Badgered Cat

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About Badgered Cat

  • Rank
    Advanced Member
  • Birthday August 30

Profile Information

  • Gender Male
  • Location Badger Head; TASMANIA
  • Interests Sailing, land yachting, motorbike touring.

Contact Methods

  • Yahoo vortexturbo1988@yahoo.com.au
  1. Thanks Darcy. I had a very long chat on the phone last night with Grady. His advice is terrific, and he knows best, with the problems he has had with his knees. I will be seeing my GP on Thursday, and will be getting a referral from him to see a top sports physio that we have in town. So I will take my time to rebuild my body, and will stick with the Maricat and hiking, not trapezing. And who knows, I might be at the next Nationals. You guys are terrific. Actually Darcy, I will private message you, as I will be needing some parts for my Maricat over winter. Cheers David.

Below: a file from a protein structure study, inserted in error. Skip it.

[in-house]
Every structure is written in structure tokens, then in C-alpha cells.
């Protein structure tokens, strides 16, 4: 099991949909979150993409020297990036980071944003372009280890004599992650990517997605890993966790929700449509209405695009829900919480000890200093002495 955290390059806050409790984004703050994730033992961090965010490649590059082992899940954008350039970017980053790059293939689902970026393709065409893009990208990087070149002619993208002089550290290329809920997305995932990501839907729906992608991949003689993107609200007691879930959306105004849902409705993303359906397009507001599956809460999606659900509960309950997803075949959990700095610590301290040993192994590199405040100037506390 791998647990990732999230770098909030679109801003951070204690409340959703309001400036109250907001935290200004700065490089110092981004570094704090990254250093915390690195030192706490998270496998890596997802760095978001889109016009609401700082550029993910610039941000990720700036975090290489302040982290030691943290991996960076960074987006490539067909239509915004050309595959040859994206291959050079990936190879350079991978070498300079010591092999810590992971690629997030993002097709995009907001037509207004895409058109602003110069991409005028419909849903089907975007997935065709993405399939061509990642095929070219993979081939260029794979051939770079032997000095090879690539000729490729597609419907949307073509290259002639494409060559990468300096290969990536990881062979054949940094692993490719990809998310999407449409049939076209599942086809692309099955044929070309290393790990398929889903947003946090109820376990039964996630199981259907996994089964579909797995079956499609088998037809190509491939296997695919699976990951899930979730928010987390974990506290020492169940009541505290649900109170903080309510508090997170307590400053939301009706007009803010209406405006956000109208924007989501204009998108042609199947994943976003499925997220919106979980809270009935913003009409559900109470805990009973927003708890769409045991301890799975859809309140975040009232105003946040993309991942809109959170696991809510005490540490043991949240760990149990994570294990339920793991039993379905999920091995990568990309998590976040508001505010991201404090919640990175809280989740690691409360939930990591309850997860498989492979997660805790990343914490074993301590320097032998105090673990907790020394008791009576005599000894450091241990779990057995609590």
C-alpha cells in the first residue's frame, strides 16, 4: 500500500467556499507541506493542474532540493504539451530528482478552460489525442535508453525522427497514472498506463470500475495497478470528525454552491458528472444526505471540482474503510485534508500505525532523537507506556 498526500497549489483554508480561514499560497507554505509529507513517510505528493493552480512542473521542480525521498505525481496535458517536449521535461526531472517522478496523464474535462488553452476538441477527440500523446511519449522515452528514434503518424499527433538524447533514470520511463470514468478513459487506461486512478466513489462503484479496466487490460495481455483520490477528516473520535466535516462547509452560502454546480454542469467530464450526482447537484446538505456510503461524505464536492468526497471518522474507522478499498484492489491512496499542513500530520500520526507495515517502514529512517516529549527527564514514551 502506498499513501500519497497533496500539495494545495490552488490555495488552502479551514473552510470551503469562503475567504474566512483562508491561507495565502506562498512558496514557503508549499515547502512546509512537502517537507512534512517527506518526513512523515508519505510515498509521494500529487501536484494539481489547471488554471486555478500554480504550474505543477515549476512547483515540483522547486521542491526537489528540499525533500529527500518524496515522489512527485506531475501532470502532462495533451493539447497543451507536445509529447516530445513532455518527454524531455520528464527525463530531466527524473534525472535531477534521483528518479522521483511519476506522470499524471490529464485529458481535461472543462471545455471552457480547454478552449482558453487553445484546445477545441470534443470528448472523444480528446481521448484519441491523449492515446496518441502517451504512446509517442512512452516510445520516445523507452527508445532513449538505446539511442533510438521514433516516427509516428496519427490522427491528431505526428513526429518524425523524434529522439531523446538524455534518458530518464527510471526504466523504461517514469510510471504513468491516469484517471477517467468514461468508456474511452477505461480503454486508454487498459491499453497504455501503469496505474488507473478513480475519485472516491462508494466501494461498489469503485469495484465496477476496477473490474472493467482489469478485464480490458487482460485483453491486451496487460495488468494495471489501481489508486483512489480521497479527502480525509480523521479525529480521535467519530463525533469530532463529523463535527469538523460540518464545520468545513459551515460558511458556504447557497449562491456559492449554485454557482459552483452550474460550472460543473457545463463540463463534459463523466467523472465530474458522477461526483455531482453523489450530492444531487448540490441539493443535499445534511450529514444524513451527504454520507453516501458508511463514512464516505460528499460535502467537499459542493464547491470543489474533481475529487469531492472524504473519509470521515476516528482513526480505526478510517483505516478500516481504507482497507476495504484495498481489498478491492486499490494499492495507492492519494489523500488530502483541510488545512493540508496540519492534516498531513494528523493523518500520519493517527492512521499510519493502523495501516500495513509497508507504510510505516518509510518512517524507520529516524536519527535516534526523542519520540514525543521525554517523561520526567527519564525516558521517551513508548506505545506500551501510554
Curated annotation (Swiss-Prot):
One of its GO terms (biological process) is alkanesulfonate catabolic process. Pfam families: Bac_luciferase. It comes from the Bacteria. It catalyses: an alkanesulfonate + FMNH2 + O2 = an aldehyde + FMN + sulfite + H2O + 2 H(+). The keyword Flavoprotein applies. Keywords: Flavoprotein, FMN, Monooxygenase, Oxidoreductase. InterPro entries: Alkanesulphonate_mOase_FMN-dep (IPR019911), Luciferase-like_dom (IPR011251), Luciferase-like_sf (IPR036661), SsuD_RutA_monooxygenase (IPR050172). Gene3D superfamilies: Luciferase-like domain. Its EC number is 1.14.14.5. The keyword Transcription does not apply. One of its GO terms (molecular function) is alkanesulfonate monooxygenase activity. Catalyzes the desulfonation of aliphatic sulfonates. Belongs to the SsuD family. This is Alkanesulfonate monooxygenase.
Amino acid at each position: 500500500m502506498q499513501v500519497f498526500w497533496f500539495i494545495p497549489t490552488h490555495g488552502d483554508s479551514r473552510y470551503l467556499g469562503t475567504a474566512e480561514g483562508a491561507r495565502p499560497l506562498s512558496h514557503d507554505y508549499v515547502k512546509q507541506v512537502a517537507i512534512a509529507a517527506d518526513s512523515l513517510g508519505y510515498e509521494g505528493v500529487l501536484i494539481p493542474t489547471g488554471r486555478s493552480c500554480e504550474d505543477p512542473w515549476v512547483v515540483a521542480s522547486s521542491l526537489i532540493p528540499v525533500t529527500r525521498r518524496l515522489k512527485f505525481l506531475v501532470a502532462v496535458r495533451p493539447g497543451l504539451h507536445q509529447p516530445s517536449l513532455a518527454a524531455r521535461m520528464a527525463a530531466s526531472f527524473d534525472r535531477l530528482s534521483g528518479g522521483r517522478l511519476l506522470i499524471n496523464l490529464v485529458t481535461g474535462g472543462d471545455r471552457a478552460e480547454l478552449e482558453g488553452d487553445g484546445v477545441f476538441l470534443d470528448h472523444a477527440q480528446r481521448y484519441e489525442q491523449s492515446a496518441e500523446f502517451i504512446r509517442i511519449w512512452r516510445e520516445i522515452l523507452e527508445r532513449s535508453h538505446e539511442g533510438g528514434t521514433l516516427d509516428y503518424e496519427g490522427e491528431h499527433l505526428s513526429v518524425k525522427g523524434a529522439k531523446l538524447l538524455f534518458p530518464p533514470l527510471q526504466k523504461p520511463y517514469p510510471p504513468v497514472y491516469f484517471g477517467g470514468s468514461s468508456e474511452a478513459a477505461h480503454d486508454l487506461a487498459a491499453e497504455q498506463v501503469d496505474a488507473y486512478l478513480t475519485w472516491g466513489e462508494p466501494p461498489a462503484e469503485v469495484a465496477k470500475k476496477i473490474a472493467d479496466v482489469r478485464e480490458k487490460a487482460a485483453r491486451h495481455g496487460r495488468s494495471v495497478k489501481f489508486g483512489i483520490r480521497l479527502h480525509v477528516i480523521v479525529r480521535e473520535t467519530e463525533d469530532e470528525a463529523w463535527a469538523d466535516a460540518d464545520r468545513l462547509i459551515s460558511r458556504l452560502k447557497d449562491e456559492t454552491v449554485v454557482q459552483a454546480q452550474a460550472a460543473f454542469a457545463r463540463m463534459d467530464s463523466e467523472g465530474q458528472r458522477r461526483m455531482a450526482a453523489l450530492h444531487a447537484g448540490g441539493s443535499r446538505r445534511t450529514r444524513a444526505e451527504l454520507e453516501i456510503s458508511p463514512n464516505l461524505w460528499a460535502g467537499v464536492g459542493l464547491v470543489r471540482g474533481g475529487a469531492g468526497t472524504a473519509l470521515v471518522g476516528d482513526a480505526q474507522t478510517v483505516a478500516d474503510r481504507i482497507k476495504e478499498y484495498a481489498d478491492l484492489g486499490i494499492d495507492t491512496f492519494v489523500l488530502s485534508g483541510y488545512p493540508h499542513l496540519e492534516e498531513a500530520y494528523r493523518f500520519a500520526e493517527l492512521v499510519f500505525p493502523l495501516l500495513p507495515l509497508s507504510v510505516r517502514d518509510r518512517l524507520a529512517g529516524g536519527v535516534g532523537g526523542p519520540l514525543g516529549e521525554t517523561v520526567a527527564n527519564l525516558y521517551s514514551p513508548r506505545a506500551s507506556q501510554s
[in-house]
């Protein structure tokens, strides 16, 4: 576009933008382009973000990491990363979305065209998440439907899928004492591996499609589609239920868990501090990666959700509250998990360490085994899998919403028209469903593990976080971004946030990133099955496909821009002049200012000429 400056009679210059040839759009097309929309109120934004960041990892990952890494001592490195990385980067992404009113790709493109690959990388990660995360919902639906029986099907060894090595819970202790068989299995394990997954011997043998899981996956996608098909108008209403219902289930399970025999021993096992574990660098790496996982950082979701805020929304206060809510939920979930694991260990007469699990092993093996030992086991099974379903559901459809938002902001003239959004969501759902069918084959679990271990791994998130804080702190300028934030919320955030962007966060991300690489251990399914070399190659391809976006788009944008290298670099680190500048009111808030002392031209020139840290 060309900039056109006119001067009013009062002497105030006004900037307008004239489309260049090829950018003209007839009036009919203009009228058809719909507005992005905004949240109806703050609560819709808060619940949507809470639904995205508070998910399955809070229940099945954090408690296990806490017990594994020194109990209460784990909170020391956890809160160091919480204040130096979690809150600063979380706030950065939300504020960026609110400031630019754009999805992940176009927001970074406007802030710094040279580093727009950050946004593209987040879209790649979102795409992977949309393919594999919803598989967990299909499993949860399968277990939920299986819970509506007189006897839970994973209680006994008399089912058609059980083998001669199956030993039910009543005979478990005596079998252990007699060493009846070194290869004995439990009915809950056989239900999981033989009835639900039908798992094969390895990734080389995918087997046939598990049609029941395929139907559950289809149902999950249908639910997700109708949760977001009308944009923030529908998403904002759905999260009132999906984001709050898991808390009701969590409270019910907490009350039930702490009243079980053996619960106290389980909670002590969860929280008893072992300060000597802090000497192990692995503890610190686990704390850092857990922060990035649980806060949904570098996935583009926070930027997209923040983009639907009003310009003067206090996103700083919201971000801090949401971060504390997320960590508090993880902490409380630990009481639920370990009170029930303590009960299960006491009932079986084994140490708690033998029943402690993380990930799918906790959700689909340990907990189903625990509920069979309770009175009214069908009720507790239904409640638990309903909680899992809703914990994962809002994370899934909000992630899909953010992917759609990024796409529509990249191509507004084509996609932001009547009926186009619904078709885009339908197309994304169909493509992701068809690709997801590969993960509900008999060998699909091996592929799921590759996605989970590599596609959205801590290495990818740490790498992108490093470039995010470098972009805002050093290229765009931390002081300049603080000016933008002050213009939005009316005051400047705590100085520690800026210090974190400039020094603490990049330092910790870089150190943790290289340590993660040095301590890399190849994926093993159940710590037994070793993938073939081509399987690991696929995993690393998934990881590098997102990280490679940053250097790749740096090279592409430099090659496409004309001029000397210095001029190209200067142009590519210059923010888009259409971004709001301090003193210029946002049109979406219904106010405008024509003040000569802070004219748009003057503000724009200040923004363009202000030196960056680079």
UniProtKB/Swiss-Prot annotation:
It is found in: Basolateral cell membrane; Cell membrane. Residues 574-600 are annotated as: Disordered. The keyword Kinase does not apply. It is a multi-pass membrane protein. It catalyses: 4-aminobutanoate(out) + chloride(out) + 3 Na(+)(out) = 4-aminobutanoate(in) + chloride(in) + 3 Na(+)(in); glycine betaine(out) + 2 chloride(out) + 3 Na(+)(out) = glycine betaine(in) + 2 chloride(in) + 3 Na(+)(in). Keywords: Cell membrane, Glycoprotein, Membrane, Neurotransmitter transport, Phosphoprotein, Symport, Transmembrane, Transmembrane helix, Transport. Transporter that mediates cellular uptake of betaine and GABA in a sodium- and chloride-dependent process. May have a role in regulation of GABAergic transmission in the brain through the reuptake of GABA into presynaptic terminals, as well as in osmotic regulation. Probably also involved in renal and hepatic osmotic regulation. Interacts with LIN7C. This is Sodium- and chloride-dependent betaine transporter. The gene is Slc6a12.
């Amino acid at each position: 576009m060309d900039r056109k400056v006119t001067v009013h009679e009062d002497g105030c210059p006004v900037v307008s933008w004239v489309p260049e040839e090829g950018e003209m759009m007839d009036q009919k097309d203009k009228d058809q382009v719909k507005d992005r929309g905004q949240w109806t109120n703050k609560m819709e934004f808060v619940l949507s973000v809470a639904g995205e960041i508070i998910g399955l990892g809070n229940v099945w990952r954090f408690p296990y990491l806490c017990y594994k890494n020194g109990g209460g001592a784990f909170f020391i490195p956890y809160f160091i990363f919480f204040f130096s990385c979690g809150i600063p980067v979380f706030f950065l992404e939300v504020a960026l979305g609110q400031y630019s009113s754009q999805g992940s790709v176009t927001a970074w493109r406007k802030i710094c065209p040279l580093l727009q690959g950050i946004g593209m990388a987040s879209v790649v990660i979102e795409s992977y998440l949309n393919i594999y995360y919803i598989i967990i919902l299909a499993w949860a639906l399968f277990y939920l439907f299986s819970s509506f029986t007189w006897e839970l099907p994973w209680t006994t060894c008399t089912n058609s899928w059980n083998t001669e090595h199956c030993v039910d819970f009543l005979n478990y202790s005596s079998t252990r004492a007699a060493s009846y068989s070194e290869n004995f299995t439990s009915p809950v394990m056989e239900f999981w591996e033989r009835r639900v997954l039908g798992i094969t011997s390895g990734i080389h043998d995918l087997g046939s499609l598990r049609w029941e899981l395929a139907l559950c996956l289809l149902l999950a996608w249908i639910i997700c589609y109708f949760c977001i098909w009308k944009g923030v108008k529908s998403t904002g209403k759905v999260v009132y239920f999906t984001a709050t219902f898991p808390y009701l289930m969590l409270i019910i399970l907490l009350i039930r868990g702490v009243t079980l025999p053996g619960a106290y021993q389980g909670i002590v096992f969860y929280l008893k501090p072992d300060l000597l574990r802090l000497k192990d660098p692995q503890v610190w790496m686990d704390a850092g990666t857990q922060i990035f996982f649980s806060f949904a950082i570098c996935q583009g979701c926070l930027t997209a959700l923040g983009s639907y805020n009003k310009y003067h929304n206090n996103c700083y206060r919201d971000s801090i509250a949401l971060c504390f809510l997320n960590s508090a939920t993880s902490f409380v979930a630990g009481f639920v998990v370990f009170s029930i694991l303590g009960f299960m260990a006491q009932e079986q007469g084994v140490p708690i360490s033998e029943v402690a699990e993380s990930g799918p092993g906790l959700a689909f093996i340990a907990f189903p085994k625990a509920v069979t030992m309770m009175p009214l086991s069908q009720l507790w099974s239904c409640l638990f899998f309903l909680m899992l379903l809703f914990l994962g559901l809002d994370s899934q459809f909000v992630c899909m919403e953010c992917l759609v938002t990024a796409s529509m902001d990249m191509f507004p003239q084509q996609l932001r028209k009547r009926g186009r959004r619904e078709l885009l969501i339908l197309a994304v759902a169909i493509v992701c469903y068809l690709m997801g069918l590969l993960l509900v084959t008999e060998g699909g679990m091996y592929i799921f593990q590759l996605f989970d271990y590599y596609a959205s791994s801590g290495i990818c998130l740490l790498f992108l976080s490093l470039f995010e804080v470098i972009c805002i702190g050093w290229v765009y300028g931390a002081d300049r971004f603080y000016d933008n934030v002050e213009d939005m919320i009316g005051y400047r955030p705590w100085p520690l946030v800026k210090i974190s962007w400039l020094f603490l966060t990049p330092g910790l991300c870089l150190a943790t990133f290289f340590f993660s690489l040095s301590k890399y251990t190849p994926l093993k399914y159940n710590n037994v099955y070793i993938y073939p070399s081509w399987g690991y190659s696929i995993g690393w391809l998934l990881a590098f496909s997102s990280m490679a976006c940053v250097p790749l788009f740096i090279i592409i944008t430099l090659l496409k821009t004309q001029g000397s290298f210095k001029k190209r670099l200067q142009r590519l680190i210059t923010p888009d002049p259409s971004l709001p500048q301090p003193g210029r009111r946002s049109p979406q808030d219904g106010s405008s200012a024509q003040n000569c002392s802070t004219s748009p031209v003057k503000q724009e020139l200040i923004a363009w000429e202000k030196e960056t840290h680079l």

2. Hi James.   Many thanks for your thoughts. I just dont know which way to go. I nhave thought about a larger cat, but then that is more of a bigger boat to handle with my ageing body. I am really loving the maricat since doing the performance improvements. It is very fast on yardstick rating against other yachts at my club. I have contacted Tynor in Western Aust, who make knee braces. They have recommended 2 types of their braces. So I might give a pair of them a go. As they are cheap at about $38 each. A lot cheaper than selling my boat and buying another. Plus this way, I can still get to race against Pete Morrow here in tassie next season, as my injury did not permit this to happen this season. And who knows, I might make it to a a Nationals Maricat titles next season (I wish to).   I will try sailing Anarchy and see what they have to suggest.   Cheers for now and thanks. David Banfield.